1.2    Social Cognition

Besides an act of problem solving, writing is inherently a social act. Texts are created to be read within a discourse community  (Rafoth and Rubin  1988). The social aspects may be explicit, as in collaborative writing,  or  they  may  be implicit,  as  in the  way  an imagined reader shapes the writer’s ideas and manner of expression.

Expert  writers  conform  their  texts  to  the  expectations of their readers. This point is well illustrated  in the  publication style requirements of  the  American Psychological Association.  The style demands an allegiance to the empirical method  and so defines the psychologist’s task  as a writer.  Conclusions  must  be hedged so as to avoid stepping beyond the limits of the data,  creating  an  air  of  uncertainty atypical  in  the humanities.  Disagreements  are  couched  in terms  of differences about  appropriate methods  or interpretations of data, never in the personal terms at times seen in literary criticism.

It is often through revision that  writers make their texts  accessible to  readers.  Immature writers  fail to take their audience into account and revise effectively. Reading  and  editing  the text are highly effortful  for young  writers,  in part  because  of working  memory limitations.  The lack of thorough revision also stems from a failure to establish clear plans in the first place. Without   explicit  goals  that   include   the  needs  of potential  readers,  young  writers  cannot  detect problems  in meeting  those  goals.  Revising  becomes little more than editing errors in spelling, punctuation, and other writing mechanics. Besides needing explicit representations of  what  they  wrote  and  what  they intended, writers further need a representation of how the text appears to their readers. Skilled writers can see their work from another  person’s perspective. Taking the perspective of another  individual  is an important milestone in social cognitive development in many domains,  including written language production.

2.    Writing As Language Production

Writing  is an act of language  production, too.  However,  speech  production has  received  far  more  attention   in   psycholinguistics   than   writing,   largely because the field of linguistics stressed the spoken over written word during the twentieth century. Psychological studies of literacy are also lopsided in that reading  outweighs  writing (for example,  see Reading Skills). This asymmetry derives from the methodological  difficulties of studying  language  production compared  with comprehension.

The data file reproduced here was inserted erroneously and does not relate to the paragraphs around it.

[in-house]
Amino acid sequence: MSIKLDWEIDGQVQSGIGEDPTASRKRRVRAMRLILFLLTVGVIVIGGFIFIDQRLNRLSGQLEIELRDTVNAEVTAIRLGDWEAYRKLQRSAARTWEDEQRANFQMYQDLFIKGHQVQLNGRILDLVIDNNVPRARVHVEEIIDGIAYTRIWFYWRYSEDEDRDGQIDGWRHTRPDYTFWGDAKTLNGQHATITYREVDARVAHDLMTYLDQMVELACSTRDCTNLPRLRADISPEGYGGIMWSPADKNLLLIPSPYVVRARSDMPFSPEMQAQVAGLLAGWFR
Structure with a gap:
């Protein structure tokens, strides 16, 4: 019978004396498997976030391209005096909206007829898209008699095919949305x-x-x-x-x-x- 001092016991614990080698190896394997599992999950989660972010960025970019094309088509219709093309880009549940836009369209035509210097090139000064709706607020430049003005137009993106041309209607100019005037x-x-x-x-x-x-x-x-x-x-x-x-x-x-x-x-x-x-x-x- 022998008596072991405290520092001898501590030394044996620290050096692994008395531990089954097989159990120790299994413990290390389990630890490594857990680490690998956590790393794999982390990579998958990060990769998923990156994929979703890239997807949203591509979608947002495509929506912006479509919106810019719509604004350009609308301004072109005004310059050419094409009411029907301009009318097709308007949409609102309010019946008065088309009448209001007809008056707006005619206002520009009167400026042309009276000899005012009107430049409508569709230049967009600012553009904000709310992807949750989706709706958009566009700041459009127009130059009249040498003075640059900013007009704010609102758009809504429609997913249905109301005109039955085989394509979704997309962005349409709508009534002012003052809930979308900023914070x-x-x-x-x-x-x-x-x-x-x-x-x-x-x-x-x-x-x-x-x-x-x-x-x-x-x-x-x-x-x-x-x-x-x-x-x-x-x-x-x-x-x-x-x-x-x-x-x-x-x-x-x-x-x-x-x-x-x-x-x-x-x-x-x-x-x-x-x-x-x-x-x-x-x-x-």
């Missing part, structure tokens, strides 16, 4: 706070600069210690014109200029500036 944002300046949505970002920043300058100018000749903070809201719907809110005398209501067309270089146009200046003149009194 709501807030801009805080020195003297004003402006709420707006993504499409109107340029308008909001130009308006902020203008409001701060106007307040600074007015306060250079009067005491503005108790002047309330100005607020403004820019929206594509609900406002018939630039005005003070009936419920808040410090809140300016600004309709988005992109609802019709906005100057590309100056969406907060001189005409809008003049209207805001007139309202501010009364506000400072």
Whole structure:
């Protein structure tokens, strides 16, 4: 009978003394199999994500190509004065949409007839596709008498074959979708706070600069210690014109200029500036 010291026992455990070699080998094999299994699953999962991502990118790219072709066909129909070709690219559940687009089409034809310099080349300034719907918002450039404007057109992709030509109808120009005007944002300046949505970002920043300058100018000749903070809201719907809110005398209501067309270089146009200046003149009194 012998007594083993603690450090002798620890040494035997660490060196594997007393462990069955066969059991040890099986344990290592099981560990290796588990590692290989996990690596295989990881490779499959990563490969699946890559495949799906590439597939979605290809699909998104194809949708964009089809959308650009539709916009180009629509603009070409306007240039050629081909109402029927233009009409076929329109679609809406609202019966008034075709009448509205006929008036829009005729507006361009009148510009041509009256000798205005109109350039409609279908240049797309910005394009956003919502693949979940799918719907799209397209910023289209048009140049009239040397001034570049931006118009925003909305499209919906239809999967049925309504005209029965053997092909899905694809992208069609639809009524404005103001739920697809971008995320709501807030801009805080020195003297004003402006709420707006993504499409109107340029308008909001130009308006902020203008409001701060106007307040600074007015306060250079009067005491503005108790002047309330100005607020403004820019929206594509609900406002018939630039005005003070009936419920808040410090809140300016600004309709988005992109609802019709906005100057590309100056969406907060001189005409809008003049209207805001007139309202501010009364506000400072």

In  experiments  on  language  comprehension, the inputs to the system can be controlled  and the outputs carefully measured.  What  someone  says or writes in response to an experimenter’s prompt  is, by contrast, unpredictable. Rather  than experimentation, the natural observation of speech errors or slips of the tongue guided theories of speech production, and slips of the pen have likewise informed  us about  written spelling. Observations of  pauses  in  handwriting—both their location  and  duration—have provided  insights  into writing  as language  production. Another  alternative to  experimental  manipulations has  been  the  use  of neuropsychological case studies that  correlate  lesions in brain structure with difficulties in speaking, writing, or both.

From   slips  of  the  tongue  and  neuropsychology, much is known about the translation of ideas and their motor  execution  in speech (for example,  see Speech Errors, Psychology of). Five levels of processing must be distinguished  in sentence production. The message level corresponds to the planning  of the ideas or propositions to be conveyed. Writers  may start  with only inchoate feelings or images that must be mapped onto  propositional representations suitable  for  sentence  production. Functional processing  reflects the translation of propositions into  the words  or lexical items along with the grammatical roles to be played by various phrases. Positional processing continues translation by retrieving the lexical (e.g., phonological segments)  and  grammatical morphemes  (e.g., inflections),  and  positioning  these  constituents in a hierarchical syntactic structure. Next, the phonological component completes translation in speech by specifying all aspects of the sound structure of the sentence, including its prosodic  features such as stress patterns. Unlike speech, writing requires a graphemic representation  (Caramazza 1991). Graphemes can be computed  either from the visual appearance or orthographic code of a whole word or by applying rules for converting  phonology  to orthography in spelling out the word. The order of graphemes for spelling a word and  the motor  programs for controlling  the musculature  in typing or handwriting must be specified. In handwriting, for example,  the size of the letters and their allographic  form must be selected.

In  crafting  a written  sentence,  more  care may  be given to correctness and precision than in speech. Whereas   sentence   fragments   are   characteristic  of speech, written language is expected to be well formed. The motor  execution process, particularly with handwriting, is markedly slower than typical rates of speech production, and  the  writer  is freed  from  the  social awkwardness   of  pauses,   allowing   for   both   more intensive formulation and editing than would be found in most speech. The production of a single sentence in writing,  then,  is  an  intricate   affair,  dependent   on multiple   neurological   structures.   The   inability   to express a thought in writing, agraphia, usually occurs to some degree as a consequence  of significant  brain damage, regardless of its location. Specific disorders of central  language  systems, as in aphasia,  or of motor systems, as in Parkinson’s  disease, cause agraphia, as does  widely  spread   pathology,   as  in  Alzheimer’s disease.